$$\log(a_{p+1})=-3p \log (2)+\left(\log (\log (2))-\frac{1}{2} \log \left(\frac{64 p}{\pi }\right)\right)+O\left(\frac{1}{p}\right)$$ So, if we want $$a_{p+1} \leq \epsilon \quad \implies \quad p \geq \frac{W(t)}{6 \log (2)} \qquad \text{where} \qquad t=\frac{3 \pi \log ^3(2)}{32 \epsilon ^2}$$ $$W(t)$$ being Lambert function.

Suppose $$\epsilon=10^{-16}$$, this gives as a real $$p=16.1471$$ (notice that the exact solution is $$16.1263$$.

Computing for $$p=17$$ gives for the summation $$-\frac{6773770929644673431621962072907}{59416607594890592064865566720000}$$ which, in decimal, is $$-0.11400467316863727867$$.

Now,being lazy, I went here; click the last button ("Integer Relation Algorithms") and you will see the result already given

• It's nice to see a mathematical proof as well!
– hana
Apr 8, 2022 at 16:22

Edit

After writing the answer below I found from suggestions that an analytical answer was already found here.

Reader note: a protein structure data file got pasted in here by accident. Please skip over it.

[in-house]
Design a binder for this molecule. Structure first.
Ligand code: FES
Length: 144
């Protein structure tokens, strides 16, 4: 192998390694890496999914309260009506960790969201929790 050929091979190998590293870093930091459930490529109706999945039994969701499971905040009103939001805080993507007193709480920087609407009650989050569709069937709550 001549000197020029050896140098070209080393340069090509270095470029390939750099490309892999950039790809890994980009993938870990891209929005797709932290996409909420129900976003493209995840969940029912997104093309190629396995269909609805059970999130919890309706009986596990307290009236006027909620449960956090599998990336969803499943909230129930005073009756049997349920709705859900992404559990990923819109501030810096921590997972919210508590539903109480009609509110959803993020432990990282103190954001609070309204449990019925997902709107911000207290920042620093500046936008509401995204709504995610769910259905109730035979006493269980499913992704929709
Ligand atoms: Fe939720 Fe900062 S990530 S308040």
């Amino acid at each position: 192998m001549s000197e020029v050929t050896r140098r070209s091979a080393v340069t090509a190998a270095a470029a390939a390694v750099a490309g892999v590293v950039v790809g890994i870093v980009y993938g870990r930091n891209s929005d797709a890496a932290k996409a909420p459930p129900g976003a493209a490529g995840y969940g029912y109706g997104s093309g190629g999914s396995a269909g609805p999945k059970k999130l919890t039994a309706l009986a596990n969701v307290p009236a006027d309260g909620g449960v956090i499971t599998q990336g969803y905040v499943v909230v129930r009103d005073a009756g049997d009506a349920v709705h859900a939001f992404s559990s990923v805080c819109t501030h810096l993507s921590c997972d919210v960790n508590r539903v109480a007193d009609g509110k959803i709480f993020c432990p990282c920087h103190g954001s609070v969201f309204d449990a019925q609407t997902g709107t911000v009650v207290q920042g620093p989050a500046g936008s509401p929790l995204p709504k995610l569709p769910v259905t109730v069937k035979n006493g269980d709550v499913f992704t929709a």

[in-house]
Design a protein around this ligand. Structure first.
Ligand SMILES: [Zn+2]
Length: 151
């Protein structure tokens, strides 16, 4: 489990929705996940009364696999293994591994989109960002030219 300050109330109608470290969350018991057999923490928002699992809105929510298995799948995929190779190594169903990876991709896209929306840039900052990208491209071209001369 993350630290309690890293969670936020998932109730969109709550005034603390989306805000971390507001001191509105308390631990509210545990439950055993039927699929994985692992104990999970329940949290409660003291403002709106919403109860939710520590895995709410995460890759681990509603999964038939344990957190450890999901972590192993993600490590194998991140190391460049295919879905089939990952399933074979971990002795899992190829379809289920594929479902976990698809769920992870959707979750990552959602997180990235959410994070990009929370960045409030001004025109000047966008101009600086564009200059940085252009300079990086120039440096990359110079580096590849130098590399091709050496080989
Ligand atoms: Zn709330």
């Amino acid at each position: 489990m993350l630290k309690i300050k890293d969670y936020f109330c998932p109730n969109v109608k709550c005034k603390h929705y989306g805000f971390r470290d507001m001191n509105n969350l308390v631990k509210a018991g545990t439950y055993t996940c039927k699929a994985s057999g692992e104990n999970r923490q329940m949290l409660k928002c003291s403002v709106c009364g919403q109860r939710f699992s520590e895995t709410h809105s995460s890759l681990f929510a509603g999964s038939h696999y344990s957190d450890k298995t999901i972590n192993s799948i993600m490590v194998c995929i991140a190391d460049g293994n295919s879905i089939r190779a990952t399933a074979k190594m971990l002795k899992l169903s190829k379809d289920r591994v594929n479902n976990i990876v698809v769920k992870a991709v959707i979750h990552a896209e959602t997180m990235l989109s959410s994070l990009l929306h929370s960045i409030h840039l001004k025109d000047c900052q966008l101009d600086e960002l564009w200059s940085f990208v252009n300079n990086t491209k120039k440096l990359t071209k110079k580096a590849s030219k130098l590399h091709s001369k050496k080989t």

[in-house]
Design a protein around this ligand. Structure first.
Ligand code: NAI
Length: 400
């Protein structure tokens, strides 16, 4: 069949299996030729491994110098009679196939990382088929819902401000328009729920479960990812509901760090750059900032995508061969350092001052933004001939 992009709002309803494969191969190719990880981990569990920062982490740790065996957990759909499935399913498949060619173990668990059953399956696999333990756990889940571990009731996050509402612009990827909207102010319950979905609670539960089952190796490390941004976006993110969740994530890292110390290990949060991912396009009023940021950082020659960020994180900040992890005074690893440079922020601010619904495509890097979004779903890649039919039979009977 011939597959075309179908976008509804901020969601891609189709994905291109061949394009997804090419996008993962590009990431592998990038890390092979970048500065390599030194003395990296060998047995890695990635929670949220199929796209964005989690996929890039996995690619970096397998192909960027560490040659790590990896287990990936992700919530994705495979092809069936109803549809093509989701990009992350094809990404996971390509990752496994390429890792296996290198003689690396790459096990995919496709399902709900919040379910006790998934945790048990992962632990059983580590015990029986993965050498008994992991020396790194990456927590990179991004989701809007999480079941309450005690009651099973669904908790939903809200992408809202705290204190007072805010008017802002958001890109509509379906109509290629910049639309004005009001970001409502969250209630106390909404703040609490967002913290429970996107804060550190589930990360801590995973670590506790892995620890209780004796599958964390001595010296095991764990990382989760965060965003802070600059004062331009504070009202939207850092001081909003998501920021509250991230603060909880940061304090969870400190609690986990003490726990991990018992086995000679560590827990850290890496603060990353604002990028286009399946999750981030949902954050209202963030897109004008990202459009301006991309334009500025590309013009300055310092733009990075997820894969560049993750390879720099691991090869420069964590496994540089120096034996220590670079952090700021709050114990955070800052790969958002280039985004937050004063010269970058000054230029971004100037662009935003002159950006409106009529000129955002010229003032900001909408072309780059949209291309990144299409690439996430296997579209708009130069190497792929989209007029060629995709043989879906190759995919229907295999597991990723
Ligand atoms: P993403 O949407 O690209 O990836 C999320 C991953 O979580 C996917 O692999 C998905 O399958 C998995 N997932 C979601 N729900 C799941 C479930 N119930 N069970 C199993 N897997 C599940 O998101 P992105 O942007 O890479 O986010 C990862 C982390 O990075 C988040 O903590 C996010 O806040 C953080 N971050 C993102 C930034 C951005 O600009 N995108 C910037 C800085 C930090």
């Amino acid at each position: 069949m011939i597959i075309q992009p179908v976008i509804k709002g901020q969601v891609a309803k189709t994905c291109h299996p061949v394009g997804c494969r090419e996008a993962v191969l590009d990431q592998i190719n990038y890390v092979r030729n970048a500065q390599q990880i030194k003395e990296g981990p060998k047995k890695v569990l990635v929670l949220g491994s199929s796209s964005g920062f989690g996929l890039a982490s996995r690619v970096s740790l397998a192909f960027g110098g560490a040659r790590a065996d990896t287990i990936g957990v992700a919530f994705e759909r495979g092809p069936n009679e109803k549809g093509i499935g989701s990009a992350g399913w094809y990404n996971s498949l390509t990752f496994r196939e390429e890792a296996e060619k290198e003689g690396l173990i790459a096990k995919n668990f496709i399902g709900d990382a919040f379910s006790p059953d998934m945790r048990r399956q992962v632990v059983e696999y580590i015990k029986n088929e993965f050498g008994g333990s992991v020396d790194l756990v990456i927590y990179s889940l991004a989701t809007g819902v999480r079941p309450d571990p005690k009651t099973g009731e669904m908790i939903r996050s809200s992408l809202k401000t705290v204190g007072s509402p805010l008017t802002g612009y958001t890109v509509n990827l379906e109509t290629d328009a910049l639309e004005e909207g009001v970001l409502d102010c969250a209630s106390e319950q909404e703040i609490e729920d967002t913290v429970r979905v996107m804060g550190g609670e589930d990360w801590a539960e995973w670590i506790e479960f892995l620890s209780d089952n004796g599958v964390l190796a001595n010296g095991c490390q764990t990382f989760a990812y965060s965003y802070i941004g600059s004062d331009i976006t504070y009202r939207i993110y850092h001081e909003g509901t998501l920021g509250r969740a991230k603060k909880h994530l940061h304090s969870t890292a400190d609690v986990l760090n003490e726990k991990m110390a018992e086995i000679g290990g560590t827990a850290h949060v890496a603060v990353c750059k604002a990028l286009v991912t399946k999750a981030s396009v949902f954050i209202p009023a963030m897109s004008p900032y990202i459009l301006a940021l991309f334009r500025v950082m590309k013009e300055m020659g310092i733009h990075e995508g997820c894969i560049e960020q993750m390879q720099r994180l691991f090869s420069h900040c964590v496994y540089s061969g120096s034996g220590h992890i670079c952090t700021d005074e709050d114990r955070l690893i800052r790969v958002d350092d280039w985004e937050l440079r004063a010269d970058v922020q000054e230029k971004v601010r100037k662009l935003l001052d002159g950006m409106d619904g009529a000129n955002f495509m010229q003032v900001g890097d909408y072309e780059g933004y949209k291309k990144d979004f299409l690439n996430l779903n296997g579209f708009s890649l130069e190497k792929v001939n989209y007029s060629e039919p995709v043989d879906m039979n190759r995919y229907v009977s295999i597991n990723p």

Reformulating the sum as an integral

A well-known method to compute integrals is to replace the integrand by a series and to integrate term by term. We will do the opposite here. We will replace the terms in the series with an integral.

The Wikipedia page on harmonic numbers gives an integral representation which we will use:

$$H_n=\int_{0}^{1} \frac{1-t^{n}}{1-t} d t$$

Hence, the series above can be written as:

$$\sum \limits _{n=1}^{\infty}\frac{(-1)^n (H_{2n}-H_{n})}{n(2)^n \binom{2n}{n}}=\int_{0}^{1}\frac{1}{1-t}\sum \limits _{n=1}^{\infty} \frac{(-1)^n(t^n-t^{2n})}{n2^n \binom{2n}{n}} d t$$

An intermediate problem is then how to compute:

$$f(t)=\sum \limits _{n=1}^{\infty} \frac{t^n}{n\binom{2n}{n}}$$

Mathematica shows that this function is :

$$f(t)=\frac{2 \sqrt{t} \operatorname{ArcSin}\left[\frac{\sqrt{t}}{2}\right]}{\sqrt{4-t}}$$

Substituting $$t$$ for $$t^2$$ one could probably verify this by showing that both expressions verify the same linear differential equation of order 2 (I used Mathematica's DifferentialRootReduce to find the differential equation from the explicit ArcSin form), however, that sounds a bit tedious. Instead, I will derive a different representation for $$f$$ using the following integral representation given on the Wikipedia page for the beta function :

$$\frac{1}{\binom{2n}{n}} =\frac{n}{2} \operatorname{Beta}(n,n) = \frac{n}{2} \int_0^1 (1-x)^{n-1} x^{n-1} \mathrm{d} x$$

The function f above is then represented by :